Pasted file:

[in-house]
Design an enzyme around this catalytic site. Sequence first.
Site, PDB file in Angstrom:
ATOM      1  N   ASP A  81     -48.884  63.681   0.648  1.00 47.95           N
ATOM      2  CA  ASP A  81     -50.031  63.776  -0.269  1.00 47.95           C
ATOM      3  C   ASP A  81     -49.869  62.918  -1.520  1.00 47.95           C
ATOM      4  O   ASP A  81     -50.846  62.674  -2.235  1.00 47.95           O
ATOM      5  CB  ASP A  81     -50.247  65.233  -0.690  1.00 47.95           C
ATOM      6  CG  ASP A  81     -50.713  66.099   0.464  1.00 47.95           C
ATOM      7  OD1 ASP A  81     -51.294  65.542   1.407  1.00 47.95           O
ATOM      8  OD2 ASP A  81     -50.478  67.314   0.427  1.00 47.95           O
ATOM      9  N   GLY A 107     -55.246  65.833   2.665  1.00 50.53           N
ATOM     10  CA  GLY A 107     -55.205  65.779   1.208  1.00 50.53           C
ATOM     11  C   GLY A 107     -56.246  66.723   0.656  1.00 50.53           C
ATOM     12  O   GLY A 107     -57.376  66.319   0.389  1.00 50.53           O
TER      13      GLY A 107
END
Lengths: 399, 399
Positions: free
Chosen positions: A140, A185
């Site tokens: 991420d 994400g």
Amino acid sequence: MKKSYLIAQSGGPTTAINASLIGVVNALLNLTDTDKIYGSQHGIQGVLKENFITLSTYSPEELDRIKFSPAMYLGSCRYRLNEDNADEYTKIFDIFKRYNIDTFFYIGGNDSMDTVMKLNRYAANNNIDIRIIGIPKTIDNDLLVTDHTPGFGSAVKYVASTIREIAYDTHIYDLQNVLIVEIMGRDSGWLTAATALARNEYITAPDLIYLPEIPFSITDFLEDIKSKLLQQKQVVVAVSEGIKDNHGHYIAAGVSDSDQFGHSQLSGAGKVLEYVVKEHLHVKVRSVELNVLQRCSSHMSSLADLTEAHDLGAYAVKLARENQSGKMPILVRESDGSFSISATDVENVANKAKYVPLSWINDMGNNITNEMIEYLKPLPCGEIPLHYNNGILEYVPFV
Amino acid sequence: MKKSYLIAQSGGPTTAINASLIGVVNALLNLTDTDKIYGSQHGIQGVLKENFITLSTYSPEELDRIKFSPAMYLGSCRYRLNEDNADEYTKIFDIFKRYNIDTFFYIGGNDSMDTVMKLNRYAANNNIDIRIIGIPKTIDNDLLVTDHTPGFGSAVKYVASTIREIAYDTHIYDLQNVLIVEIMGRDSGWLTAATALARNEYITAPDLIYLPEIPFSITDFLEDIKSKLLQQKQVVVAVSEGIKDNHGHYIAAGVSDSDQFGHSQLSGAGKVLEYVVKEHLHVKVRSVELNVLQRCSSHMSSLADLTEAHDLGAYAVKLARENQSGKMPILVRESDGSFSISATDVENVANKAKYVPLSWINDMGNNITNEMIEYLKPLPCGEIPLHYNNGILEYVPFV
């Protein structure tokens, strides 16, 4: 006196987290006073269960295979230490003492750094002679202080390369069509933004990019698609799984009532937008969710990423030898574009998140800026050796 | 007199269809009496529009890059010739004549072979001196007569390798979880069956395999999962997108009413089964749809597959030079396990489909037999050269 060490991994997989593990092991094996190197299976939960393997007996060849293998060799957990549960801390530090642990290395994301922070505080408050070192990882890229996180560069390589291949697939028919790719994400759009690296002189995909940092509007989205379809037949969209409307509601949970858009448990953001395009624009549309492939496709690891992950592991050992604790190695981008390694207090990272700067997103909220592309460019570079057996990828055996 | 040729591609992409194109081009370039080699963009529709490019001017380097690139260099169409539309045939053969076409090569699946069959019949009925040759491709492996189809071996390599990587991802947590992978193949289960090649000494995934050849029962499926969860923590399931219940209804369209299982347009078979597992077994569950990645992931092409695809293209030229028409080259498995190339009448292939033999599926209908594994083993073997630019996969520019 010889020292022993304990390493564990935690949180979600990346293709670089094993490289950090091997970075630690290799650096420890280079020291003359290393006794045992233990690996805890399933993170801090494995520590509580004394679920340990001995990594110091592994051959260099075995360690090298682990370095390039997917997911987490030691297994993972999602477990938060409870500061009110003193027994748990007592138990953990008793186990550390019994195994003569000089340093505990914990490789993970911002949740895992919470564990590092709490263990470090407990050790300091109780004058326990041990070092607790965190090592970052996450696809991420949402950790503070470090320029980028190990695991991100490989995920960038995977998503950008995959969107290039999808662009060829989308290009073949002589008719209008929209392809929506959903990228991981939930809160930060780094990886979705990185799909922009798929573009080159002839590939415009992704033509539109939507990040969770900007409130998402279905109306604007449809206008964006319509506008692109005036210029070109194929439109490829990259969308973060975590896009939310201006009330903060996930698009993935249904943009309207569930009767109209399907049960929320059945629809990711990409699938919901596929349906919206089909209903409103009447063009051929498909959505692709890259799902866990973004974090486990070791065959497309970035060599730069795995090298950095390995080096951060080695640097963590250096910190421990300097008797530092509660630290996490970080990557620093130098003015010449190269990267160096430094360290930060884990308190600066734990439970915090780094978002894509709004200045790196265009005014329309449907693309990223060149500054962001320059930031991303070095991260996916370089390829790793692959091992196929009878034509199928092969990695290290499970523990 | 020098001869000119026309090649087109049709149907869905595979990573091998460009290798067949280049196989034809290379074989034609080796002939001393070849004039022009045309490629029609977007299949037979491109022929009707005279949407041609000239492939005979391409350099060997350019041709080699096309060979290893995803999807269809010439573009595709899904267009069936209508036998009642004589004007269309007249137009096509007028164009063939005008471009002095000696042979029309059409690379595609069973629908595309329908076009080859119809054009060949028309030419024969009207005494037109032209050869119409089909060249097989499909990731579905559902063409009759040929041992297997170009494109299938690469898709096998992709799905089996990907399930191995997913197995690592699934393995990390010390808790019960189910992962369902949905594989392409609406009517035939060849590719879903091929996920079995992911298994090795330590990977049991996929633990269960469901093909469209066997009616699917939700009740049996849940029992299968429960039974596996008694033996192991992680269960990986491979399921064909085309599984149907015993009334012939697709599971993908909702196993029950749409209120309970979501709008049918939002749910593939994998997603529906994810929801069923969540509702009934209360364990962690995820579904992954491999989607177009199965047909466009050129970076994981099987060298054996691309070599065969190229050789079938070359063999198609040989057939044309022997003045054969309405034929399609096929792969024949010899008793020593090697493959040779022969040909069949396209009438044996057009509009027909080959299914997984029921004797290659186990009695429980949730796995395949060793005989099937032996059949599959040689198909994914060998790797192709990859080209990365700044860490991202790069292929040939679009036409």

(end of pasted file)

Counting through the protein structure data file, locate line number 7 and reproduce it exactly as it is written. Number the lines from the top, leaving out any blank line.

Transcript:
ATOM      4  O   ASP A  81     -50.846  62.674  -2.235  1.00 47.95           O